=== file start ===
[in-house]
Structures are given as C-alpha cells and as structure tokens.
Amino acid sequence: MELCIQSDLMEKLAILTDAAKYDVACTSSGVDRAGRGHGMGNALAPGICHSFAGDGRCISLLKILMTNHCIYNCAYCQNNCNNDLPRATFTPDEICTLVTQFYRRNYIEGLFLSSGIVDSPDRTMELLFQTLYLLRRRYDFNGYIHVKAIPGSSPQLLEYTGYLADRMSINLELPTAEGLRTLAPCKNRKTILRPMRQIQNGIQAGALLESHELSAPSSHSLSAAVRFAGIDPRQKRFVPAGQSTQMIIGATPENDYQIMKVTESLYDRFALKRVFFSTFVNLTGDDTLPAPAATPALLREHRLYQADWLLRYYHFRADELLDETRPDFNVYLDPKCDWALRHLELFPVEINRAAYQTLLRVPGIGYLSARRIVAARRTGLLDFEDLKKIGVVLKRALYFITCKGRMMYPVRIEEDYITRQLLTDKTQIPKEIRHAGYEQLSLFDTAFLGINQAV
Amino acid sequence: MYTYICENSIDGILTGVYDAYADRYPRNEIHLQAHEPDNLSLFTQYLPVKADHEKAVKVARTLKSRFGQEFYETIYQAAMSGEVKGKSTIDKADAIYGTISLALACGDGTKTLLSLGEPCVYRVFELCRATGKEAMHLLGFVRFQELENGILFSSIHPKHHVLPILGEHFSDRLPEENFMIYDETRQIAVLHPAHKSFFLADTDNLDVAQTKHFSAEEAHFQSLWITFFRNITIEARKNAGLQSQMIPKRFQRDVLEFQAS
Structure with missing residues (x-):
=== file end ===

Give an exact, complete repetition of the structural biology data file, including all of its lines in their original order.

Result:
[in-house]
Structures are given as C-alpha cells and as structure tokens.
Amino acid sequence: MELCIQSDLMEKLAILTDAAKYDVACTSSGVDRAGRGHGMGNALAPGICHSFAGDGRCISLLKILMTNHCIYNCAYCQNNCNNDLPRATFTPDEICTLVTQFYRRNYIEGLFLSSGIVDSPDRTMELLFQTLYLLRRRYDFNGYIHVKAIPGSSPQLLEYTGYLADRMSINLELPTAEGLRTLAPCKNRKTILRPMRQIQNGIQAGALLESHELSAPSSHSLSAAVRFAGIDPRQKRFVPAGQSTQMIIGATPENDYQIMKVTESLYDRFALKRVFFSTFVNLTGDDTLPAPAATPALLREHRLYQADWLLRYYHFRADELLDETRPDFNVYLDPKCDWALRHLELFPVEINRAAYQTLLRVPGIGYLSARRIVAARRTGLLDFEDLKKIGVVLKRALYFITCKGRMMYPVRIEEDYITRQLLTDKTQIPKEIRHAGYEQLSLFDTAFLGINQAV
Amino acid sequence: MYTYICENSIDGILTGVYDAYADRYPRNEIHLQAHEPDNLSLFTQYLPVKADHEKAVKVARTLKSRFGQEFYETIYQAAMSGEVKGKSTIDKADAIYGTISLALACGDGTKTLLSLGEPCVYRVFELCRATGKEAMHLLGFVRFQELENGILFSSIHPKHHVLPILGEHFSDRLPEENFMIYDETRQIAVLHPAHKSFFLADTDNLDVAQTKHFSAEEAHFQSLWITFFRNITIEARKNAGLQSQMIPKRFQRDVLEFQAS
Structure with missing residues (x-):